Council's Environmental Scientist has reported that the endangered community on this site is potentially the most diverse example of this species, and has high ecological significance. In the light of all this evidence, it is of concern that Council is insisting on locating the Sports Complex on this sensitive site, rather than any of a number of other more suitable sites in the Menai area.

The Centre tried unsuccessfully to persuade Council to consider other sites for the indoor sporting complex. After exhausting attempts to discuss the matter with Council, the Centre eventually engaged the Environmental Defenders Office (EDO) to help them fight the proposal by using legal means.

We hope now to be able to work with Council on any future proposal for an indoor sporting complex at a more suitable site - a site that does not lose a significant bush area to the Shire.

The Centre would like to acknowledge the tremendous assistance of Chris Norton from EDO. His work was very welcome and beyond that which could have been expected.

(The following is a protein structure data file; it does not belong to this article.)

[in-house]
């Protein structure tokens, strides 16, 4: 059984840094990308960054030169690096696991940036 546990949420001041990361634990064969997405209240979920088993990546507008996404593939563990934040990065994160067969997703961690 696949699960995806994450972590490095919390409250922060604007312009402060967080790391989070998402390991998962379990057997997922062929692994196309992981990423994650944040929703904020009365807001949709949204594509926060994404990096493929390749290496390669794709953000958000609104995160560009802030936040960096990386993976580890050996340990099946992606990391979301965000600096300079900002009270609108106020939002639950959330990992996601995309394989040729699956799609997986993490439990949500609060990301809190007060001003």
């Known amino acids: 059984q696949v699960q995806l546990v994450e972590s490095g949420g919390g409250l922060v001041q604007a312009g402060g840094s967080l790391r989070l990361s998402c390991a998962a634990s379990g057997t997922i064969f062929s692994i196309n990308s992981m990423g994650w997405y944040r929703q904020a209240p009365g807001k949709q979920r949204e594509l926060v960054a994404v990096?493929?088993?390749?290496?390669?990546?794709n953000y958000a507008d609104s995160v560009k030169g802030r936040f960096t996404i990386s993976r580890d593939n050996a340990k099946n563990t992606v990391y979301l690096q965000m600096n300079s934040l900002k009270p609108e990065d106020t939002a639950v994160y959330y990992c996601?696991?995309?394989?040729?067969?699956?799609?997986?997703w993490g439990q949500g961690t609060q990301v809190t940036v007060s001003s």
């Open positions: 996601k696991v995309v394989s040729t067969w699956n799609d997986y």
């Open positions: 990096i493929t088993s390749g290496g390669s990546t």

Rezoning and a Management Plan

In April 2000, Council moved to rezone a portion of site to 7(b) Environment Protection - Bushland via a draft LEP process . The rezoning proposal omitted the section where the sporting complex is proposed to be built. The State Minister for Urban Affairs and Planning, Andrew Refshauge, gazetted the rezoning as proposed by Council. Council also passed a draft Management Plan for the site. A budget has been passed for implementation of the plan, , but to date dumping, parking and abuse of the bushland site continues without apparent controls from Council (although after much agitation by residents, a temporary fence was erected). We are also concerned that the Management Plan will not be able to specifically deal with any potential impacts of the sporting complex on the remaining bushland (Lembit, 2001)